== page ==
Some brief information on traveling into the Grand Bahama Island, largely specific to US citizens visiting.- The airport you'll by flying into for Freeport or the Grand Bahama Island is the Grand Bahama International Airport, which has a airport code of FPO.- They speak English in the Bahamas, so don't worry there.- A lot of the flights into Freeport, if not all of them, are on regional jets. On my trip, we flew in on American Eagle from Miami on a prop plan.- This is not some Chicago O'Hare of JFK; there are no gateways. When your plane lands, it will taxi very close to the terminal, which isn't that big. You'll walk down your plane's stairs, and then walk over to the ramp to walk into the terminal. It's a very simple affair.Customs Entering Freeport:- The airline will likely present you a card before boarding that you can fill out. You'll need to give this to the agent when entering the Bahamas.- They'll give you part of the form back with an entry stamp. Don't lose this form, as they'll want it when you leave.- There really isn't anything in the way of bag searches. Simple and to the point.- Once you clear customs and immigration, you walk out two double doors and are confronted with a stand for the Our Lucaya resort, some rental centers, and a taxi stand. It' all pretty simple.Returning to the US:- Freeport is actually one of the few places in the world with a US Customs and Immigration pre-clearance facility. Basically, you clear customs and "re-enter" the United States in Freeport, and so when you arrive in Miami (or wherever), you're able to go straight to the terminal rather than go through that customs zoo.- This can be done because Freeport has a "terminal" dedicated just to US-bound flights. - Because you clear customs in the Bahamas, it's important to remember that even though it's a small airport, you need to give yourself time to do customs. The absolute cut-off for my American Eagle flight was 50 minutes before departure.- Finally, just a comment on American Airlines / American Eagle in The Bahamas - no one would pick up the phone. It was terribly frustrating, especially since I couldn't get through to the US desk.Anyway, hopefully this information can be useful to those who might be wondering how the process of entering and exiting Freeport will work.Close
Written by Cantin2 on 28 Mar, 2007
The rooms are basically 172 sq. ft. with twins converting to a Queen. Lots of balcony rooms on the Spirit and many connecting rooms making it attractive for families. All rooms are similar except for the few more spacious mini-suites.We felt very comfortable in our…Read More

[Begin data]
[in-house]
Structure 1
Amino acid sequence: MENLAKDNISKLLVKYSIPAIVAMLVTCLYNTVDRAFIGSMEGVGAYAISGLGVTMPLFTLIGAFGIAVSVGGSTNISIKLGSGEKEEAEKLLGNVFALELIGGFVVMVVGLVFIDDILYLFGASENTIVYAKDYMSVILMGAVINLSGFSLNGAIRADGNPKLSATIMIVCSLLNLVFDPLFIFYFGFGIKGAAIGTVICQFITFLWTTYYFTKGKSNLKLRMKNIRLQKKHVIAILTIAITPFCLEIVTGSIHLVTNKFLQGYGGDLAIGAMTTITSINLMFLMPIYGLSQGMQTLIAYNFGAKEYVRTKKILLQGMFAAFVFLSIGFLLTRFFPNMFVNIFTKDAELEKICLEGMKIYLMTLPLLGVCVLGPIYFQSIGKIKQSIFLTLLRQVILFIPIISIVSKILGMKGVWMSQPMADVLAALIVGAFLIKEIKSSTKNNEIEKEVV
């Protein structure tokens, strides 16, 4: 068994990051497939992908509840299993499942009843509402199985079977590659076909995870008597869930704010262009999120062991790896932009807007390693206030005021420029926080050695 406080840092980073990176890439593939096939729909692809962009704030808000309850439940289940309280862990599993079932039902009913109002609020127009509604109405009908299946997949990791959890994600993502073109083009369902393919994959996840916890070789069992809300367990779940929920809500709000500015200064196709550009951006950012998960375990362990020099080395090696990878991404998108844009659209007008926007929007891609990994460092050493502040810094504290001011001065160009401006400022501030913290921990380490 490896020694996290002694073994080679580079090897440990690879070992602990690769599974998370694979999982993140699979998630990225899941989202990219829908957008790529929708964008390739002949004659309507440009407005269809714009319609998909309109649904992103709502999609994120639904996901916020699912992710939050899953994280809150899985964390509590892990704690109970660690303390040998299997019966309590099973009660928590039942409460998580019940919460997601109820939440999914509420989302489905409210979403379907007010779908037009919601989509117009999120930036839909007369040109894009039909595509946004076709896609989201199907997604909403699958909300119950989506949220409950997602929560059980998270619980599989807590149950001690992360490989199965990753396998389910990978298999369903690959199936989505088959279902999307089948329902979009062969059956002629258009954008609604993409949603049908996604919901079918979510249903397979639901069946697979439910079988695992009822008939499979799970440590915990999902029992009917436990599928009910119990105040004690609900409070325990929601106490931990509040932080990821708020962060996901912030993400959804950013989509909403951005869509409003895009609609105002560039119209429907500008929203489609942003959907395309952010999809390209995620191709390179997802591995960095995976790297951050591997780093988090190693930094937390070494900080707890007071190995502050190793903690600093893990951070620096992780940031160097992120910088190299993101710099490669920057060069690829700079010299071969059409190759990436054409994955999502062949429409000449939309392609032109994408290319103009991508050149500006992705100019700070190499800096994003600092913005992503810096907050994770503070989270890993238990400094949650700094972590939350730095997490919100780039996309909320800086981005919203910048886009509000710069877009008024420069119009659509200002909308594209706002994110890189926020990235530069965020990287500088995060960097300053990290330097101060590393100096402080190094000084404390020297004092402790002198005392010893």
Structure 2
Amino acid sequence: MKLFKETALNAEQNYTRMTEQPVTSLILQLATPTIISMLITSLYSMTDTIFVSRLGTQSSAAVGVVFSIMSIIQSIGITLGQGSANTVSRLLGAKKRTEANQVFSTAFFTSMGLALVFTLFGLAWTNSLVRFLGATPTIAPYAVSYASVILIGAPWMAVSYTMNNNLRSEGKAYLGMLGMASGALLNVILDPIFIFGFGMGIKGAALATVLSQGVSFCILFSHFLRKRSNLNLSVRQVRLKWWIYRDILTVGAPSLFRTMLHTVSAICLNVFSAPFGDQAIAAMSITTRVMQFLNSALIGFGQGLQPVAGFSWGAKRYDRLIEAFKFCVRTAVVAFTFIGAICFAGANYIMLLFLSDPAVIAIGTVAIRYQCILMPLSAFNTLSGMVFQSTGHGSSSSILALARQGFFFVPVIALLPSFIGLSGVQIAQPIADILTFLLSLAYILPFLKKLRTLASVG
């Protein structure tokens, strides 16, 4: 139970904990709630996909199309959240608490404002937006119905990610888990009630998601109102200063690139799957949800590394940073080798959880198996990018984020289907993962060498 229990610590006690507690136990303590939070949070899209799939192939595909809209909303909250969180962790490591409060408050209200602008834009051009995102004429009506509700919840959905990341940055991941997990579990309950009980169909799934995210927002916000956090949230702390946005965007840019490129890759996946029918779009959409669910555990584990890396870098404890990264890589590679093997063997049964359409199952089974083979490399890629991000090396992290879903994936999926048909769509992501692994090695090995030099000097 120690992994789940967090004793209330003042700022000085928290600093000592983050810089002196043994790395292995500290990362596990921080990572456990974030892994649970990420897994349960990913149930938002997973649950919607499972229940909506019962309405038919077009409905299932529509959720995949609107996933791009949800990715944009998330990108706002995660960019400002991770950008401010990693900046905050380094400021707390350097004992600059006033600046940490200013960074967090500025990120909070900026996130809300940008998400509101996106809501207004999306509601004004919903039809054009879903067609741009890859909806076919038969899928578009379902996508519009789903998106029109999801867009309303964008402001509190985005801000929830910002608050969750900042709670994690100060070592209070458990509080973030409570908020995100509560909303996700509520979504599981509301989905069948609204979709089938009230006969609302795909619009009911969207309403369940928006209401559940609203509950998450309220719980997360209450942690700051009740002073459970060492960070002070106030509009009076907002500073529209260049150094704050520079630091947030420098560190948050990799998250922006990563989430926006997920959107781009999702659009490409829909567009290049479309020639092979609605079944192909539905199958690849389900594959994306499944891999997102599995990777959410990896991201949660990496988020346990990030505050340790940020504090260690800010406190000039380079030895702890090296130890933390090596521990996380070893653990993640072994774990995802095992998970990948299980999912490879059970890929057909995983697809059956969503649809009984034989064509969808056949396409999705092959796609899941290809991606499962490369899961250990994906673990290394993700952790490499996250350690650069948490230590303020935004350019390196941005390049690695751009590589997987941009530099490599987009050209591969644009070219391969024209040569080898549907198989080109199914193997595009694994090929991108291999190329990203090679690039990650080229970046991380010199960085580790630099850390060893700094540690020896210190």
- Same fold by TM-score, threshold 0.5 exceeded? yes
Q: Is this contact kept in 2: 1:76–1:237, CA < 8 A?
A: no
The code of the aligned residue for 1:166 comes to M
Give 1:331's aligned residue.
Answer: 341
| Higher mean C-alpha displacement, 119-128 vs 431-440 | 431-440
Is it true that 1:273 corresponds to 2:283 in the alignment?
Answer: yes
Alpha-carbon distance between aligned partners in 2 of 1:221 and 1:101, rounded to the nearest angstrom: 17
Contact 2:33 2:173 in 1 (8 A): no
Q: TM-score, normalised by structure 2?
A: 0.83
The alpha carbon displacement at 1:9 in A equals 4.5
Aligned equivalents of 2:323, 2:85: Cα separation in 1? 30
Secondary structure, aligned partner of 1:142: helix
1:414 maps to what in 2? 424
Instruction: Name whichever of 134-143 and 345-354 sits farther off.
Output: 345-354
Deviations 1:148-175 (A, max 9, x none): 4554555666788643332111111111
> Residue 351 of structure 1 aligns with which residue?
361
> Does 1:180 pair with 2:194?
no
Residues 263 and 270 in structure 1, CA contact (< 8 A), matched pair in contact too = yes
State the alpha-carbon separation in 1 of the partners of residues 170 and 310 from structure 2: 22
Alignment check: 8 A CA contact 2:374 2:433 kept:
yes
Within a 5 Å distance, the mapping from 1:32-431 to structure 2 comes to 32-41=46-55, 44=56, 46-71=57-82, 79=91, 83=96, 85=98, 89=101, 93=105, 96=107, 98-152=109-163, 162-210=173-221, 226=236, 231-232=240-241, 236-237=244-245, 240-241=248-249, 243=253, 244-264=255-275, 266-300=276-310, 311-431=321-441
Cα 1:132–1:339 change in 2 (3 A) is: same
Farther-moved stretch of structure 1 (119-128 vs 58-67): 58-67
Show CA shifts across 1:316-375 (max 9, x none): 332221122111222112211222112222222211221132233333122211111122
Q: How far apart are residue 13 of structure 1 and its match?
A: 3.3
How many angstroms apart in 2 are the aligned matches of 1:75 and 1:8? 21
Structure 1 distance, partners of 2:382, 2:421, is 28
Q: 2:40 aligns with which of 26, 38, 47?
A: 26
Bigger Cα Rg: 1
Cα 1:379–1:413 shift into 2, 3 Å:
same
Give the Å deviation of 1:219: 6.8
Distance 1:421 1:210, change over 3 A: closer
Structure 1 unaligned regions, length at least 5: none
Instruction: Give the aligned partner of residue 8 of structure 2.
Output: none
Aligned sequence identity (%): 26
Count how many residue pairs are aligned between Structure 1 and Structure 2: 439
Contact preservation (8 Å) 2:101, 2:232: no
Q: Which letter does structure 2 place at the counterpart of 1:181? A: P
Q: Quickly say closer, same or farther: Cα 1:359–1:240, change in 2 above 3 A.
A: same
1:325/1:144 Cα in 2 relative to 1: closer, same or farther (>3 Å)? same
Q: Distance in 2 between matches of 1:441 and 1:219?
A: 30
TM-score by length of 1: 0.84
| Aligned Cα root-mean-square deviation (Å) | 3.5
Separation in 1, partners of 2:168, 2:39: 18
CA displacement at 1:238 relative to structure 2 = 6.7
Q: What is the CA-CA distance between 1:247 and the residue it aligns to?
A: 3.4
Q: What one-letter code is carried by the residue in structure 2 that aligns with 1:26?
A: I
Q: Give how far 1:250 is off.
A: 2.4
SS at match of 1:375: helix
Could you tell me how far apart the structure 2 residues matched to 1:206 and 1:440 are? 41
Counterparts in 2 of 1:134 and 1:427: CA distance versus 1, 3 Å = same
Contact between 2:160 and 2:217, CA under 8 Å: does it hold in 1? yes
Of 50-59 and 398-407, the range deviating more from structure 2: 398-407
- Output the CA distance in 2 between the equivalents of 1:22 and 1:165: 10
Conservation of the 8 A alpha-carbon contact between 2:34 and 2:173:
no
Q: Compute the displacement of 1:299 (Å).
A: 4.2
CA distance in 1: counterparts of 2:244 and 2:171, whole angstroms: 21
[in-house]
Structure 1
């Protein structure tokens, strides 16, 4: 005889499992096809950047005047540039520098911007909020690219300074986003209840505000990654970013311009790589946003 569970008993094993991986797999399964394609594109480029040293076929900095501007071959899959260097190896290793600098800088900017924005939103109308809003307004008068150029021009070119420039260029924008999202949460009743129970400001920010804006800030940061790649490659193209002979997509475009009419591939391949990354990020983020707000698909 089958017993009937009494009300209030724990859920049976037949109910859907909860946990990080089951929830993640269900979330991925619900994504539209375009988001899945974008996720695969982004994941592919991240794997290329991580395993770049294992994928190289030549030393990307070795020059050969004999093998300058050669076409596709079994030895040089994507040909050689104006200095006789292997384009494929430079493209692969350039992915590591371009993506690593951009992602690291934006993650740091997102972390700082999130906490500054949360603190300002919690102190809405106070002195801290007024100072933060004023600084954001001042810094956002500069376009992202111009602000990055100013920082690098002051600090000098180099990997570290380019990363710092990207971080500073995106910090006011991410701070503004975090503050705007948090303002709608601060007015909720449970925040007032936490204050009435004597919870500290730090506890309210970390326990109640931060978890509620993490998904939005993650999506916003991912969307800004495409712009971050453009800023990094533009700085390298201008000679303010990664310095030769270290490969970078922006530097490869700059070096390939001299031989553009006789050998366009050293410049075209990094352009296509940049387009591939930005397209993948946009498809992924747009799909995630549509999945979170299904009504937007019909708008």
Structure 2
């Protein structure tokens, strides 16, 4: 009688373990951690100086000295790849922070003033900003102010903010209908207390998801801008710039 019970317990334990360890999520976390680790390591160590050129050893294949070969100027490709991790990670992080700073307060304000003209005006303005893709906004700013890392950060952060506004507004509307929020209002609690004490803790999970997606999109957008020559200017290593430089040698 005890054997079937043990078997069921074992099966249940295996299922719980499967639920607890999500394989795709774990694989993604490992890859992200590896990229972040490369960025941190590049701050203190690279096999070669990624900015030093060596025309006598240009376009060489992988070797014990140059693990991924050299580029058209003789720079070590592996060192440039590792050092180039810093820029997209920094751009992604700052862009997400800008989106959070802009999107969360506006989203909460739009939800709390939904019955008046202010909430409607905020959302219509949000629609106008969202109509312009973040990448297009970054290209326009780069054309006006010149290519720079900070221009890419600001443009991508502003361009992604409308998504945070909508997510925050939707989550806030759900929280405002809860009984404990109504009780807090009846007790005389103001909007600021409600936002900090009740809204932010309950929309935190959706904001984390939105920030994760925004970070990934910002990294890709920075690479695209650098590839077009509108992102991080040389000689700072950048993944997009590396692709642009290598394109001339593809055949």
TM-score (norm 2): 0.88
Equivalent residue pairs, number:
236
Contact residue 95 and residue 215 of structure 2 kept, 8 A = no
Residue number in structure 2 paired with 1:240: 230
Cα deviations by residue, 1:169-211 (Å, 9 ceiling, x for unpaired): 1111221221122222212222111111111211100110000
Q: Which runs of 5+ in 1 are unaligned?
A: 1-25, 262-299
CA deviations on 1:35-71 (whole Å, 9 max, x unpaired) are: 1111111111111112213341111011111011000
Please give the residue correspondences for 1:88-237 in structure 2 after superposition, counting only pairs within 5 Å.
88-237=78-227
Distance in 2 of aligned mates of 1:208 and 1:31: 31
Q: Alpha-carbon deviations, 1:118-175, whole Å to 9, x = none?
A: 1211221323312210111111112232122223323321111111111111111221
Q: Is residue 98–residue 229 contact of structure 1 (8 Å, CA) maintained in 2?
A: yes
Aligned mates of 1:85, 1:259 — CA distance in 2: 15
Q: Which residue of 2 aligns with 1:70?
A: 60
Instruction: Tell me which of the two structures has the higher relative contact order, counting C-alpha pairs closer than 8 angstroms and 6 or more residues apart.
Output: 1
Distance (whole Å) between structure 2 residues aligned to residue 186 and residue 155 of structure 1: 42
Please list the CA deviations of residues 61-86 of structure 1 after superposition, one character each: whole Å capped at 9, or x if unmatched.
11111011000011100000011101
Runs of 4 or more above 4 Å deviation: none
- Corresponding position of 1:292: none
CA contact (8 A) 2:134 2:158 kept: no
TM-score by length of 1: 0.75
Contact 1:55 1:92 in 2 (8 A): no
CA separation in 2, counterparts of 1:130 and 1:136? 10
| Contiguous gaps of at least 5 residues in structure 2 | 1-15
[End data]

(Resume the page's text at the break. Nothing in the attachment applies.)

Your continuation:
The rooms are basically 172 sq. ft. with twins converting to a Queen. Lots of balcony rooms on the Spirit and many connecting rooms making it attractive for families. All rooms are similar except for the few more spacious mini-suites.We felt very comfortable in our balcony room on Deck 11. Although the deck was small with two plastic chairs and a small cocktail table, it made the room seem much larger because of the large sliding glass doors allowing us a panoramic oceanview.The decor on deck 11 is a deep rose and yellow. These hues are used in the striped spreads, checkered coordinating fabric on the small sofa and desk chair, and in a print on the room darkening curtains. Other floors were done in shades of green and blue. Storage was adequate for two, but would be cramped for three. The drawers are small, a few corner shelves in the closet and a hanging bar. The pull out sofa seems adequate only for a child because of it's small size.We did like the tiled bathroom. Different than any we've seen at sea, possibly because this ship was originally designed for the Asian market. Straight ahead as you enter is the sink area with a large mirror and small corner shelves. To the left is a separate toilet stall with a glass door and behind a glass door on the right is the shower stall. The hairdryer is powerful - nice shower head with controls, good water pressure, and a temperature control that allows you to dial the temperature that you personally prefer. These rooms are very comfortable for the amount of time spent there and the length of the one week cruises that the Spirit travels.The room stewards are efficient and pleasant and service the room at least twice daily, leaving you candy at night and many times animals in the form of towel art.Close